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Meta And First Draft Partner To Expand New ‘Don’t Be A Mis-influencer’ Campaign To New Zealand

Meta is partnering with international misinformation prevention coalition First Draft on a New Zealand campaign to address the spread of misinformation by digital creators.

Launching today across Facebook and Instagram, the Don’t Be A Mis-Influencer campaign provides Kiwi creators, celebrities and other high-profile accounts with ‘Protect Your Voice’ toolkits, offering resources and instructive guides to help identify and prevent the spread of misinformation.

Content creator David Letele AKA Buttabean Motivation (@buttabean_motivation) is one of the first creators to share the campaign on his Instagram today.

Creators are also being invited to post top tips from the toolkit to encourage followers not to post misinformation and help educate them on how best to counter it.

David Letele, content creator, says, “People trust us and that creates a responsibility for creators, especially those with a large following. We must make sure that COVID-related information is accurate before sharing it, or we risk providing potentially harmful or misleading information to our followers and their loved ones.”

Available now on the campaign site the ‘Protect Your Voice’ toolkit provides creators with guidance and practical steps on topics including:

  • Why people spread misinformation
  • How to talk to, or avoid, conversations about conspiracy theories
  • The types of deceptive content to look out for
  • How to verify the authenticity of content
  • How to combat misinformation

Anne Kruger, Director of First Draft Australia, said “Audiences trust the messages of the influencers and creators they follow. It’s hard to make sense from the influx of online information - and mistakes can happen. Unfortunately, this means misinformation can be shared to thousands and sometimes millions of fans in just a moment. Influencers are also a prime target for those trying to spread disinformation in order to amplify their false stories. Social media celebrities can unwittingly be used as a powerful vector in promoting false information and conspiracy theories. In both scenarios we want celebrities to protect their voice and think about whether they may be unwittingly ‘mis-influencing’ their audiences.”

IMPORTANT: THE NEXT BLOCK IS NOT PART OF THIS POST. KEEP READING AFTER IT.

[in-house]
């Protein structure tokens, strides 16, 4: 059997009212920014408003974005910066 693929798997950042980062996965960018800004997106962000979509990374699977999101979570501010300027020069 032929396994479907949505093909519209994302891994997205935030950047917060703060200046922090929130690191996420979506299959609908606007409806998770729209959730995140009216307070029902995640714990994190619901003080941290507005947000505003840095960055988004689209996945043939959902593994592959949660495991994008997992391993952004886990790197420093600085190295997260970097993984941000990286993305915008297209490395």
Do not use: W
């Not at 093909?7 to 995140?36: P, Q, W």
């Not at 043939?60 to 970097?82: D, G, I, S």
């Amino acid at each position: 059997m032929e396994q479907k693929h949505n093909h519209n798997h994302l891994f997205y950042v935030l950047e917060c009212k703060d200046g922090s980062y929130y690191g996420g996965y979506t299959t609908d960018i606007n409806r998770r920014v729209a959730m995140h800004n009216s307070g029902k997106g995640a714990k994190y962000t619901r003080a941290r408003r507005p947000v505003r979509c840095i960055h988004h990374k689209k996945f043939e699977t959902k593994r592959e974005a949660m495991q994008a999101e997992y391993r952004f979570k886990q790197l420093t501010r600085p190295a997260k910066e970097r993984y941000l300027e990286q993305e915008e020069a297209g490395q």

Nick McDonnell, Head of Public Policy for Meta in New Zealand and the Pacific Islands, says “With Kiwis spending more time using social media over lockdown to connect with friends and whānau, play games, work, study and to follow their favourite creators and groups, we know that people are also accessing a range of information sources whilst online. We are always working to ensure that credible information is promoted and creators can play a role in this too. That’s why we’ve created this toolkit in partnership with First Draft, giving creators the tools to prevent the spread of misinformation on their own accounts, and to help amplify that message to their followers.”

First Draft and Meta recognise that for creators, engaging their audience on the topic of misinformation can be challenging. Meta will actively work with influencers to gather feedback and suggestions from them in countering and eliminating misinformation on their platforms.

This announcement today follows a list of changes to policies, new tools and other measures Meta has launched in New Zealand since the start of the pandemic. To learn more about how Meta is supporting COVID-19 relief efforts and keeping people informed, visit our COVID-19 action page.

© Scoop Media

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